The RINGO Learning Festival took place on 31st October – 3rd November 2022, and received 1000 registrations from allies in 57 countries around the world. The free four-day online event was the culmination of two years of intense work in the RINGO Social Lab; a collective systems-change process intended to reshape and re-imagine what INGOs could and should be. However, what emerged from this phase of our work was altogether more holistic and all-encompassing of what we need to strengthen in civil society: not just how INGOs work and are structured, but also the role of national and local civil society too.

Click here for the full RINGO Learning Festival Report

During the festival, we ran a series of Innovative Edge sessions where members of the RINGO Social Lab shared learnings from the prototyping process:

  • The team trialling a new approach to risk and compliance management discussed the need for building trust and having brave conversations
  • The Pledge for Change demonstrated a new learning and accountability mechanism
  • Transform Trade and Norsaac shared case studies from Kenya of how Participatory Grant-Making (PGM) can shift power dynamics
  • We considered how technology can address one of the key barriers to systems change: language and inclusive communication
  • We heard how the idea for a Decolonising Advisory Community was driven by a long-standing demand from local actors to challenge the ‘superiority’ of views from INGOs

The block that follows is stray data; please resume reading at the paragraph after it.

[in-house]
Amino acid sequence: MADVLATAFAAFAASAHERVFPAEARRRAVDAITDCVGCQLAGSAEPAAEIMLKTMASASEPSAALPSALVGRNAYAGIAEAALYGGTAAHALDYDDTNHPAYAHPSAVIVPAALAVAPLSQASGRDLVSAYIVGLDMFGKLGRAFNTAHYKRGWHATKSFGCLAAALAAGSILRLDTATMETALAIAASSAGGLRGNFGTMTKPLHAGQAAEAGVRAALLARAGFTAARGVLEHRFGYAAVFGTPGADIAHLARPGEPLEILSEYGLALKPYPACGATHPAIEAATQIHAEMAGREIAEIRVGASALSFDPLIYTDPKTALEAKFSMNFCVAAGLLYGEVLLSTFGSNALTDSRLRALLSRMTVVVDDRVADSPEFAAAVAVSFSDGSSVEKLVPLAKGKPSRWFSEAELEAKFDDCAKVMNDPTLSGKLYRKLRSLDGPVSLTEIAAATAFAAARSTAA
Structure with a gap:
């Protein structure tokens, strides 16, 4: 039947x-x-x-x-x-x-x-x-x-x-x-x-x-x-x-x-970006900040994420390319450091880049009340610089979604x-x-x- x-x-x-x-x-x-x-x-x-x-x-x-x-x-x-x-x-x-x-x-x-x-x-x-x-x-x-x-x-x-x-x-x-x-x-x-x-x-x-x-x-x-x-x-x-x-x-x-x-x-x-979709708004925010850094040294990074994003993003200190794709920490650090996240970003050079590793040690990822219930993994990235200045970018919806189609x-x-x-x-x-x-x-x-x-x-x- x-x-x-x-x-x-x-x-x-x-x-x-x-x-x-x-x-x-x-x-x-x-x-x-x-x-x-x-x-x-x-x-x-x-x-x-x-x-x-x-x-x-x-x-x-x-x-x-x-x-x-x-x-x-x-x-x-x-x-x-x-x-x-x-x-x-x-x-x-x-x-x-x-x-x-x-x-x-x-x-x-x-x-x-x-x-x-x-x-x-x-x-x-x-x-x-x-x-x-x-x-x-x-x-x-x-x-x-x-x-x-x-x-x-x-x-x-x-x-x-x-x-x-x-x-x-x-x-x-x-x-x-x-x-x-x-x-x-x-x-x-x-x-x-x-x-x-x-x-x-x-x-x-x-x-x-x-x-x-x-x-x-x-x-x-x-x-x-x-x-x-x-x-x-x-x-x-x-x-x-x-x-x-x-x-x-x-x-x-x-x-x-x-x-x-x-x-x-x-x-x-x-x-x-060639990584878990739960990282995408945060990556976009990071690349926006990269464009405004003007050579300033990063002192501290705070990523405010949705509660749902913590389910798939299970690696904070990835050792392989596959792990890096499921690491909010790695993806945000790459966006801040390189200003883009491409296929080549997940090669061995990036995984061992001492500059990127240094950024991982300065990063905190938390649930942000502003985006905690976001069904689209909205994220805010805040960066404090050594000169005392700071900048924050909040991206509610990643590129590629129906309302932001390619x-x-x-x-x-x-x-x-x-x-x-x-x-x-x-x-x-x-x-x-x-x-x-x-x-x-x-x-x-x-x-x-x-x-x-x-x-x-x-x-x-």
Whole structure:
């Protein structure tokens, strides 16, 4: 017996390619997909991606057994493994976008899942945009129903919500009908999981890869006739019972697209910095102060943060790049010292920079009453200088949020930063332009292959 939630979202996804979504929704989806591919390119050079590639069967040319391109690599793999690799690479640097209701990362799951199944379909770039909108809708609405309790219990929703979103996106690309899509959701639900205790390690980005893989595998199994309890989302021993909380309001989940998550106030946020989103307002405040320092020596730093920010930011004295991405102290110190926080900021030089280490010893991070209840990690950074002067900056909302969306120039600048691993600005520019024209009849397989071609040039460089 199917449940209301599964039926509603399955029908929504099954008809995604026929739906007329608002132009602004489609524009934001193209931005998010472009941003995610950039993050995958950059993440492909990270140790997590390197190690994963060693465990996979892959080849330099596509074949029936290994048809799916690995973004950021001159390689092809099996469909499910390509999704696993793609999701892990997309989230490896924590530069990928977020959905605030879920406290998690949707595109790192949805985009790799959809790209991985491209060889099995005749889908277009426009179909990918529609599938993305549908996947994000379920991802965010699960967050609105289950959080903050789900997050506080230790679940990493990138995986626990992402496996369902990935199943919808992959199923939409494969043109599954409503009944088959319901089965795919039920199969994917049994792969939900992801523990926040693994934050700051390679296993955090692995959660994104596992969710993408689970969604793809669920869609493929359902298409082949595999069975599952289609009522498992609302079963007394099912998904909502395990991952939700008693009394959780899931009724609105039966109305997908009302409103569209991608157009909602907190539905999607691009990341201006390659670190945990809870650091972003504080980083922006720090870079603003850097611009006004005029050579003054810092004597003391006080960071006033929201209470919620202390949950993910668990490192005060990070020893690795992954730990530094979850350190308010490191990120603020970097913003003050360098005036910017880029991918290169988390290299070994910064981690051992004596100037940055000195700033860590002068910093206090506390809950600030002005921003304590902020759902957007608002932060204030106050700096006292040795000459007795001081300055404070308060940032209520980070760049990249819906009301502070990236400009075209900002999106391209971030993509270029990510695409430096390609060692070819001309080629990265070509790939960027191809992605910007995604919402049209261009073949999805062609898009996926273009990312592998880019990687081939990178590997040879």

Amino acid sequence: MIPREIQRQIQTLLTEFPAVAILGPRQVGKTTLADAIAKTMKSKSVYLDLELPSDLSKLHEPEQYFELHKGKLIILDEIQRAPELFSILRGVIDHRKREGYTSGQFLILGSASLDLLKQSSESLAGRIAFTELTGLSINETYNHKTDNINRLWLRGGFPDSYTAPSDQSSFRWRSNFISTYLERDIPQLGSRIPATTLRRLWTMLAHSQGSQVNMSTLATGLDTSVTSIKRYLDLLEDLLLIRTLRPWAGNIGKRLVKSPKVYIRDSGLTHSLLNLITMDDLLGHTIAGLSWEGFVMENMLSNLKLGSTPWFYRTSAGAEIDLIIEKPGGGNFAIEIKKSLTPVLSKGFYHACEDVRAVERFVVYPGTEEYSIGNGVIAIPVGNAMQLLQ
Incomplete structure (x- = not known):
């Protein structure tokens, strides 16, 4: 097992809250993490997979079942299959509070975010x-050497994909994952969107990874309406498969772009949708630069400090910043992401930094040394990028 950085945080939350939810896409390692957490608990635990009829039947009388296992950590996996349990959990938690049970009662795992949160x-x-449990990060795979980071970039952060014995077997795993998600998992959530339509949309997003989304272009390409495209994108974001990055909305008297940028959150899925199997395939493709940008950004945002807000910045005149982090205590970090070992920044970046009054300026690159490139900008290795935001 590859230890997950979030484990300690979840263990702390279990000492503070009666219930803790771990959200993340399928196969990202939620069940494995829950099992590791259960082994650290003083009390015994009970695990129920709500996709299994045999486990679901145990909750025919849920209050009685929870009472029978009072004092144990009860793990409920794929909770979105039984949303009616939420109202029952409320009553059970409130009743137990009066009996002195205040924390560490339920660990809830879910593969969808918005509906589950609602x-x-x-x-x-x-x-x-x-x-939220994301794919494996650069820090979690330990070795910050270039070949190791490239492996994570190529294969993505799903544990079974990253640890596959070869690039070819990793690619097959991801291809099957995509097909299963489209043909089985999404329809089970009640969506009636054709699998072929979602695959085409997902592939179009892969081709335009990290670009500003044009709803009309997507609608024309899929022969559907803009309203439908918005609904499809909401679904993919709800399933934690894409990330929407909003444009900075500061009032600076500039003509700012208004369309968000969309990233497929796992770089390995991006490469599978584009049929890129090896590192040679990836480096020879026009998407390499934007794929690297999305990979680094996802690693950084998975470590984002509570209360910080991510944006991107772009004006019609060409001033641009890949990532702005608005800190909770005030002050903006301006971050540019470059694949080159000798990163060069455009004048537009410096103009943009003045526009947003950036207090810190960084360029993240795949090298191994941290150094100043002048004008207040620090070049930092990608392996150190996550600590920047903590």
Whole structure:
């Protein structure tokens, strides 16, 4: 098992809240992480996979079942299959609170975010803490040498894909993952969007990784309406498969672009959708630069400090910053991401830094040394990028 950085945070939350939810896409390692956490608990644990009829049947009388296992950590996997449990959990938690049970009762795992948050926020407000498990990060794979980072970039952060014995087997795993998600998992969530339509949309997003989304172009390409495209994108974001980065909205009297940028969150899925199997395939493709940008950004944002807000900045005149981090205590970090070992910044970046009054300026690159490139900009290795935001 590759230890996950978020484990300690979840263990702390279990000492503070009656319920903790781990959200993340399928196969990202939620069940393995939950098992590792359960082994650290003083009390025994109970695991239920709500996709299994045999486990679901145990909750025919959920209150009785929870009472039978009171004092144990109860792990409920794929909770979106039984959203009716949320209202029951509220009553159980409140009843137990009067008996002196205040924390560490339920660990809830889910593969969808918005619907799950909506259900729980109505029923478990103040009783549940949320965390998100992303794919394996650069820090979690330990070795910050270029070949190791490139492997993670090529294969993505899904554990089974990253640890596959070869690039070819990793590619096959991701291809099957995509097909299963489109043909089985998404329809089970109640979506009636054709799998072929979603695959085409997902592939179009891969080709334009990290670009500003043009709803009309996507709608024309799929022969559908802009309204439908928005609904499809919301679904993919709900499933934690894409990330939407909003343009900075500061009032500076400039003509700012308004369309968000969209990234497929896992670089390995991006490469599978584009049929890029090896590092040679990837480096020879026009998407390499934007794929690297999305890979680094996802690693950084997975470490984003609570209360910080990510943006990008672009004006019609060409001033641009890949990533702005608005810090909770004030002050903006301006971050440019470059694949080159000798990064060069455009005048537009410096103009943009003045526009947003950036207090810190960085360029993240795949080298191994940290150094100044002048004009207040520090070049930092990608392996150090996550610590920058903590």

• GFCF invited us to join the campaign to End Tied Aid to Northern CSOs, a practice that sees only 7% of funding from bilateral donors go directly to southern civil society
  • We were introduced to an Alternative Solidarity Model that is developing a reverse call for proposals that puts the needs of the people at the centre

Over the four days we also hosted several plenary sessions and workshops. At our opening session – RINGO: Ready for Change – RINGO’s Nana Afadzinu (WASCI) reminded us why we embarked on this process of re-imagining the INGO, and welcomed Everjoice Win (SOAS, Shine Campaign) and Peter Walton (CARE Australia) to discuss innovative solutions that can transform the sector – and how the time for action is now. On day two, Janet Mawiyoo (former KCDF) and Deborah Willig (InterAction) interrogated power and ownership while asking Whose change is this? 

After hearing from the prototypes, a host of fantastic speakers including Jenny Hodgson (GFCF), Tijani Hamza (Oxfam Ghana), Miguel de la Vega (Unidosc), Wolfgang Jamann (ICSC), Elisa Lopez Alvarado (Accountable Now), Osai Ojigho (Amnesty International Nigeria), Atje Drexler (Robert Bosch Stiftung) and Rachel Smith (GlobalGiving) joined us to Map the Change we want to see. During these workshops, we collectively explored how to leverage what we’ve learned to influence the wider system in these key areas: resource flows , accountability, solidarity, governance and leadership.

To close the festival, we invited you to consider Beyond RINGO: What Next? RINGO’s Nana Afadzinu and Deborah Doane (Rights Colab) reflected on what we have learned over the previous days, and Bheki Moyo (CAPSI, Wits) and Danny Sriskandarajah (Oxfam GB) discussed the roles we can each play to drive the transformation of INGOs and global civil society.

You can watch recordings of all the sessions here.